Are the fatty acids in certain microalgae suitable to replace fish
oil in feed for salmonids? Masters student Chuyuan Zhang from the
University of Saskatchewan in Canada is looking for answers at the
Aquaculture Protein Centre in Norway.
In Norway, Ms Zhang is producing feed at APC and performing a
digestibility trial on Atlantic salmon in sea water at Nofima's research
station at Sunndalsøra. There she will feed the fish, observe them,
take samples of feed and faeces, and then analyse them.
Her work involves lab work and discussions with her co-supervisor and
other fish nutritionists at APC. APC has close collaboration with the
University of Saskatchewan on this industry funded project. Back in
Canada, Ms Zhang is doing similar experiments with digestibility and
growth on Rainbow trout.
"I am particularly interested in finding out how well the fatty acids of
the algae are digested, and if they affect the fatty acid profile of
the fish compared to salmon that is fed fish oil," says Ms Zhang. She is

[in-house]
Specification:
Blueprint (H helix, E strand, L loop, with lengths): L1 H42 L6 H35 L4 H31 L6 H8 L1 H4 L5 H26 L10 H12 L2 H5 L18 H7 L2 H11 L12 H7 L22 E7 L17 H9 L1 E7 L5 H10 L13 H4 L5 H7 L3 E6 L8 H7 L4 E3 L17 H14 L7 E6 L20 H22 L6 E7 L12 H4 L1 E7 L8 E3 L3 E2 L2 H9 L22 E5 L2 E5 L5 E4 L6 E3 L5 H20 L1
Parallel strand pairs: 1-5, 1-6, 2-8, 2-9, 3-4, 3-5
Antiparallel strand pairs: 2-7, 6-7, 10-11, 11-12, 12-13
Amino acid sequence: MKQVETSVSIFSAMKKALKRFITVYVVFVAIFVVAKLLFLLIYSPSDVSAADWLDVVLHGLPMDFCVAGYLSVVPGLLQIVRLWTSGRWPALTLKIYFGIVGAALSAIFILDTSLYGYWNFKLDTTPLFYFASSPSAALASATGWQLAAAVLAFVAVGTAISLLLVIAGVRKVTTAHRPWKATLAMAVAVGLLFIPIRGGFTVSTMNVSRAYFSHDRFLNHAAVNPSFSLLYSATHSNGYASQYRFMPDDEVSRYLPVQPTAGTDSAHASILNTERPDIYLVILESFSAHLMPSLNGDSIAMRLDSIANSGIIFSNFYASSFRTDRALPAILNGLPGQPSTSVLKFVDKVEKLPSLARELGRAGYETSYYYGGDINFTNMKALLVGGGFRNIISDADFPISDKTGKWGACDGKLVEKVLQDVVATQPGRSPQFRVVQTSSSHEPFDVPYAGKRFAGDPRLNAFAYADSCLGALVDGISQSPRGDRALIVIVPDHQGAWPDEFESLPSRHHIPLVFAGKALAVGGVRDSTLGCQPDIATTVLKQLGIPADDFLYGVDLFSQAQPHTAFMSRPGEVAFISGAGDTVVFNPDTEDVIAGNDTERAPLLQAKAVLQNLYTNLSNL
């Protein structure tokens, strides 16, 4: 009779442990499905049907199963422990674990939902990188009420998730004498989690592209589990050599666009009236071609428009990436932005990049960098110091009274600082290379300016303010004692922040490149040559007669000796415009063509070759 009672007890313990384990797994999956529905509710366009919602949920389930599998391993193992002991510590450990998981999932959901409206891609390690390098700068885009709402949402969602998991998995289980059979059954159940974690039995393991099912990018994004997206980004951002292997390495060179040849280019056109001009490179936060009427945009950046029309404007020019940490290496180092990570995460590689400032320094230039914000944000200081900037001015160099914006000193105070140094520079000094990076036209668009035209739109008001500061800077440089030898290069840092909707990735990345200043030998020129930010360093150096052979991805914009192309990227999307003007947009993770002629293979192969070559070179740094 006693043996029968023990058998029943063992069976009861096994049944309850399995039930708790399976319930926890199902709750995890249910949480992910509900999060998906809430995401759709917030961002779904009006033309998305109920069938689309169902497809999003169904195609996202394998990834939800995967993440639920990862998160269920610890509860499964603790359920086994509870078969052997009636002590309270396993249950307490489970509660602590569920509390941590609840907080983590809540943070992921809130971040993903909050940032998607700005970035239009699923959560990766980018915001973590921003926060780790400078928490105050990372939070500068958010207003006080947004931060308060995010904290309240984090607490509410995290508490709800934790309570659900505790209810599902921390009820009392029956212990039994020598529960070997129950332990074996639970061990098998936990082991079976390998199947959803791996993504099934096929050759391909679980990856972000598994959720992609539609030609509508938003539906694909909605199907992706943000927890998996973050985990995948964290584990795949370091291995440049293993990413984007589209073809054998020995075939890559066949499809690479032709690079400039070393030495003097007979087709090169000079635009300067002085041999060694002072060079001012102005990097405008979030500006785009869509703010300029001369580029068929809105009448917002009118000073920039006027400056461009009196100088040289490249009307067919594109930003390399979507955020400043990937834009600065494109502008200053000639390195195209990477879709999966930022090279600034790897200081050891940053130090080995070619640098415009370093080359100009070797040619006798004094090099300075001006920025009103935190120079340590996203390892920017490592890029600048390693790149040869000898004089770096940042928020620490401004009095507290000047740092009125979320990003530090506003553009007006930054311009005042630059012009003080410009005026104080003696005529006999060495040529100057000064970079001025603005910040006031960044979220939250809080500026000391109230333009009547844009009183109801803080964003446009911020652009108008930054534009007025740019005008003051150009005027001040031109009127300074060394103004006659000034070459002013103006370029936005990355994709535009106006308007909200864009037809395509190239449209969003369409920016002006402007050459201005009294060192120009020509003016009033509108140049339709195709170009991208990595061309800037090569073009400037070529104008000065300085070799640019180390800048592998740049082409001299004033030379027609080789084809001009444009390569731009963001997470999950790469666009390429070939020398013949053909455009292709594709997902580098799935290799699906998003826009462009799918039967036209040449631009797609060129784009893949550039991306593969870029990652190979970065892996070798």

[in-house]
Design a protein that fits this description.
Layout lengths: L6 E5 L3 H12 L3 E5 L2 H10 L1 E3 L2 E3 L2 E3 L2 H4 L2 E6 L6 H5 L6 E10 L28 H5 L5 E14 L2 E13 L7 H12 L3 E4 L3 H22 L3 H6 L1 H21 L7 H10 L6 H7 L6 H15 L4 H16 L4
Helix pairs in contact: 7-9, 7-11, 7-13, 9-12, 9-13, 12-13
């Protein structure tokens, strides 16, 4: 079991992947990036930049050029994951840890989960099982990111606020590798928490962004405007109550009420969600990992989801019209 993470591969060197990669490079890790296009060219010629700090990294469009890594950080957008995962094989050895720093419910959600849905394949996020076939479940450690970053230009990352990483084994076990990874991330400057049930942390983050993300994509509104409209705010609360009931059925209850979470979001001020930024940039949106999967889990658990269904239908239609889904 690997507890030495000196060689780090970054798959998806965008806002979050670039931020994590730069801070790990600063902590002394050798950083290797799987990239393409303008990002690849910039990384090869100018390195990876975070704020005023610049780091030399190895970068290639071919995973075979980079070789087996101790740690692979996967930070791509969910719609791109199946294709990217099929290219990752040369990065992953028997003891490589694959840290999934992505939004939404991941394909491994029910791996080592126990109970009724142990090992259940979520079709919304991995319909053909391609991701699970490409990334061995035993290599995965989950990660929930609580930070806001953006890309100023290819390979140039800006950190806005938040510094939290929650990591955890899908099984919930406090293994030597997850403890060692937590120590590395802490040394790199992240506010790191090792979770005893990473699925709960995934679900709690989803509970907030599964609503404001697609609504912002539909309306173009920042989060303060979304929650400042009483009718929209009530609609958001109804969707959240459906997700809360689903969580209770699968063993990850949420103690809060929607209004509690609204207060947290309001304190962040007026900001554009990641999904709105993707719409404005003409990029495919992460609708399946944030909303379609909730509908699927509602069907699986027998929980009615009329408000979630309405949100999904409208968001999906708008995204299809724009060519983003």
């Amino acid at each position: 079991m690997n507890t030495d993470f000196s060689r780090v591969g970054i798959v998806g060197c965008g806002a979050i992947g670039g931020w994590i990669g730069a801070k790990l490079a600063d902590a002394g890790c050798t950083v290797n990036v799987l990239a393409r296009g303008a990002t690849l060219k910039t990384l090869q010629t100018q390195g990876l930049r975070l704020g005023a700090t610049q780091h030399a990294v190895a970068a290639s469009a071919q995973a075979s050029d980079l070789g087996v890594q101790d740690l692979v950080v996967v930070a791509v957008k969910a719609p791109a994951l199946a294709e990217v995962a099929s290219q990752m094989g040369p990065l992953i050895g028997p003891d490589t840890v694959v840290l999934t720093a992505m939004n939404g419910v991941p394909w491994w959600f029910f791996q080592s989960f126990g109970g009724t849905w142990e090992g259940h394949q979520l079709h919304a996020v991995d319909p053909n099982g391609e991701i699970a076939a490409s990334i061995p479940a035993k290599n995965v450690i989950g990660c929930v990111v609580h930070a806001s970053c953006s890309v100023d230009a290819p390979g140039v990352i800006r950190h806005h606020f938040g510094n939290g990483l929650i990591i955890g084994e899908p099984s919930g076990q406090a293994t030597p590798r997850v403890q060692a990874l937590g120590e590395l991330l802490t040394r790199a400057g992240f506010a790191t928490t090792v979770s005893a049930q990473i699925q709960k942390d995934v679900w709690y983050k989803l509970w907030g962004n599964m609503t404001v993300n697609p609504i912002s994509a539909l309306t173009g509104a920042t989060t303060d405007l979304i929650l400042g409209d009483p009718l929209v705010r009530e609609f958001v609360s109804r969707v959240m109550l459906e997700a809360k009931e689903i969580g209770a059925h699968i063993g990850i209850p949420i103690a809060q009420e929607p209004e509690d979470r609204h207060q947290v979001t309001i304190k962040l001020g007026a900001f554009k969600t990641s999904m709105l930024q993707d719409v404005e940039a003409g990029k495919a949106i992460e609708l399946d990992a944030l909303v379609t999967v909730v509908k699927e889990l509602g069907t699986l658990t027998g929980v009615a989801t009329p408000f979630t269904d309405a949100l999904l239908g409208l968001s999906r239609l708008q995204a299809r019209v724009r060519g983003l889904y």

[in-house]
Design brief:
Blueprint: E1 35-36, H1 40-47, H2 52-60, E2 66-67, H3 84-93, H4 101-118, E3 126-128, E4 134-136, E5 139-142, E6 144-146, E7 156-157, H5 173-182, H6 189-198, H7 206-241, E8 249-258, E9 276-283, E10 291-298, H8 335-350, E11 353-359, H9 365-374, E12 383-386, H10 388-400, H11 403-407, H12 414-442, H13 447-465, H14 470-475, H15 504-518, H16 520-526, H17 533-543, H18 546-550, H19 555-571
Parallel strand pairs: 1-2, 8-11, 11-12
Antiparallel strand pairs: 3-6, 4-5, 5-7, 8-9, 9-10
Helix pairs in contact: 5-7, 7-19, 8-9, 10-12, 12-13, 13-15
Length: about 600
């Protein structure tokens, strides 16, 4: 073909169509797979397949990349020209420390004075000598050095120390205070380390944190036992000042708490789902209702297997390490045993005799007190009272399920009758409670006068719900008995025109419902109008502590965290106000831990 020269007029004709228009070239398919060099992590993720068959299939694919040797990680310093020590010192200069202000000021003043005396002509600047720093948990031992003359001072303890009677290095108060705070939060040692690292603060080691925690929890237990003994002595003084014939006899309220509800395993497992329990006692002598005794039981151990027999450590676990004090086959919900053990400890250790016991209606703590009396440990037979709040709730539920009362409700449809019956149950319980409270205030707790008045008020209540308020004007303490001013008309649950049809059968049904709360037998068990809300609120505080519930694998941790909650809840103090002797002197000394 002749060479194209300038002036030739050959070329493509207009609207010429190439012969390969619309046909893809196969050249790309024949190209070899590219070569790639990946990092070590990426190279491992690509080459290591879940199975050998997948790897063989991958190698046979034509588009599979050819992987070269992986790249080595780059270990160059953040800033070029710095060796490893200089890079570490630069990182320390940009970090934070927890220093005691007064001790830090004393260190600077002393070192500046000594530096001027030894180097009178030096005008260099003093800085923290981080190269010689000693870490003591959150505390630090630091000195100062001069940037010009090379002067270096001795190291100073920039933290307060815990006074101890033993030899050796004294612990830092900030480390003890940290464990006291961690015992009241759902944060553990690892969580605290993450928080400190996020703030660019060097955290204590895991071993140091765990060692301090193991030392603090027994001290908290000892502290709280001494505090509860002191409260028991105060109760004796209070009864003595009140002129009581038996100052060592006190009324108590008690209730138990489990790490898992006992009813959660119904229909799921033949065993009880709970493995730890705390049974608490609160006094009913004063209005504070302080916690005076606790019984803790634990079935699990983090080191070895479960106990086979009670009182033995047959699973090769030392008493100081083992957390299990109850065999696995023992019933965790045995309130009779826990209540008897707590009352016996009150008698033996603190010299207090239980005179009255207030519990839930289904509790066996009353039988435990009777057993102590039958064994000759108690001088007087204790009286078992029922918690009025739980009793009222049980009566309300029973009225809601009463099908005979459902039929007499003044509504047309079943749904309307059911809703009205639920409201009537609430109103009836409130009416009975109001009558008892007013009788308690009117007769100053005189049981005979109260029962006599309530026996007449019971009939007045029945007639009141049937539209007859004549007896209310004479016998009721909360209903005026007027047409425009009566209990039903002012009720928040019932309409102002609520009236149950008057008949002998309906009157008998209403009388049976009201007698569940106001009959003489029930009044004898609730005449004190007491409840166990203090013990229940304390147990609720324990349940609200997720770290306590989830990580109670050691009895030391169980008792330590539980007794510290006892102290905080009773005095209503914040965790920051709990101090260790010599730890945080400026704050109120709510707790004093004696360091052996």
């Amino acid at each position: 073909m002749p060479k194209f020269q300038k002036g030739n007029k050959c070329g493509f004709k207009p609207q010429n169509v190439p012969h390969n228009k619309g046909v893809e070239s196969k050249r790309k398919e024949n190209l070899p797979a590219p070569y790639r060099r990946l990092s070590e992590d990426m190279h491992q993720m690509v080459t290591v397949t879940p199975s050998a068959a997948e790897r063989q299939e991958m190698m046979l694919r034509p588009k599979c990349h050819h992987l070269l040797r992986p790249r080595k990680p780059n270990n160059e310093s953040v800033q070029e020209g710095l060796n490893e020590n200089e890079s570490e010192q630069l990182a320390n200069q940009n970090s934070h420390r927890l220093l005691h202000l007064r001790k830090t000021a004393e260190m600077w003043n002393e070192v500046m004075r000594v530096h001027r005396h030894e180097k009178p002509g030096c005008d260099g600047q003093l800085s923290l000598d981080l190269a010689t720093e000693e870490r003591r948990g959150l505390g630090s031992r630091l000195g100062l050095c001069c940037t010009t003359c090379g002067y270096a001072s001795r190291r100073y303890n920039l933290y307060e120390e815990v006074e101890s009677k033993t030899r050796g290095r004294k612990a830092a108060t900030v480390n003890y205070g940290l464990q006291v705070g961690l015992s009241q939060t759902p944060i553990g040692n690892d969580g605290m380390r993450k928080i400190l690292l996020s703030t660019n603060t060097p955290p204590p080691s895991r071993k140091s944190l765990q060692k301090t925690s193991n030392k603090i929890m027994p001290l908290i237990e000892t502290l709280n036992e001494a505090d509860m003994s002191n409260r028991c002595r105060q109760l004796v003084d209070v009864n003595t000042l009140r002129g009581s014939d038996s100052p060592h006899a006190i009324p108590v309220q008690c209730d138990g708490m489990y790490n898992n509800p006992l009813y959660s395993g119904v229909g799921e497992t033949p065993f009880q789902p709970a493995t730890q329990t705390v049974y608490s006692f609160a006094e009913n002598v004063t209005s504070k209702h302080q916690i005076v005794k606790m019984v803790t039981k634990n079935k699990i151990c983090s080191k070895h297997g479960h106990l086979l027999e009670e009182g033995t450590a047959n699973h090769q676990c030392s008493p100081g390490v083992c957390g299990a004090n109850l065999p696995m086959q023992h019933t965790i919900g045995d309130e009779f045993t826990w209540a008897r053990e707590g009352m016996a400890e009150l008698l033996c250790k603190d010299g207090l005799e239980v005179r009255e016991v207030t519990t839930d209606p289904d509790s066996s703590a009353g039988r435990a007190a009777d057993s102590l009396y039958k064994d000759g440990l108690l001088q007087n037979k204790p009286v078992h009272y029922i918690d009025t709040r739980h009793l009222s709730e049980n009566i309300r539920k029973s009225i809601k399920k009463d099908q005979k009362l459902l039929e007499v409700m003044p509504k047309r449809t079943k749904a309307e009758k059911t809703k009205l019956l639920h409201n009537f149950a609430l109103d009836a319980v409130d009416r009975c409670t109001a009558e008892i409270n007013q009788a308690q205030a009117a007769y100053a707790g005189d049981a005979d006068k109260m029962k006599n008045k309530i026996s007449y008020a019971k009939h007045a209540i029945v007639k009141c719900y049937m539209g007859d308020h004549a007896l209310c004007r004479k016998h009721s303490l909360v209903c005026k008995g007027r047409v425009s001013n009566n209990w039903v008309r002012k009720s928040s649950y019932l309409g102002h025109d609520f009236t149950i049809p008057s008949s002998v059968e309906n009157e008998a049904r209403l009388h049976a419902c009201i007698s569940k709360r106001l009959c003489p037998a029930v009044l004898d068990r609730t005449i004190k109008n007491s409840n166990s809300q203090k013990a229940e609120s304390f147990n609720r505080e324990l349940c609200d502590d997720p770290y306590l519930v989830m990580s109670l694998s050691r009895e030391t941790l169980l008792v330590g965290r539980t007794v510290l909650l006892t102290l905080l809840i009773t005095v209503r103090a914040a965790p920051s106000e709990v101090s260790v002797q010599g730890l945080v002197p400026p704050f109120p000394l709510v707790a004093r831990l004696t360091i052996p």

also looking at other aspects, such as energy and protein
"We assume algae could be a very feasible product for fish oil replacement in feed for salmonids", says Ms Zhang.
Ms Zhang, who is from China, is in Norway for three months.
"At home I learned a lot about tropical fish such as carp, and I got
curious about other species. It was then very interesting to go to
Canada and see large scale aquaculture production of salmon, and now in
Norway. I really like working with fish", she says.
Ns Zhang is supervised by Dr Murray Drew of the University of
Saskatchewan and Dr Margareth Øverland at APC. Dr Drew was a guest
researcher at APC in 2010.
Copyright © www.TheFishSite.com - Reproduced with Permission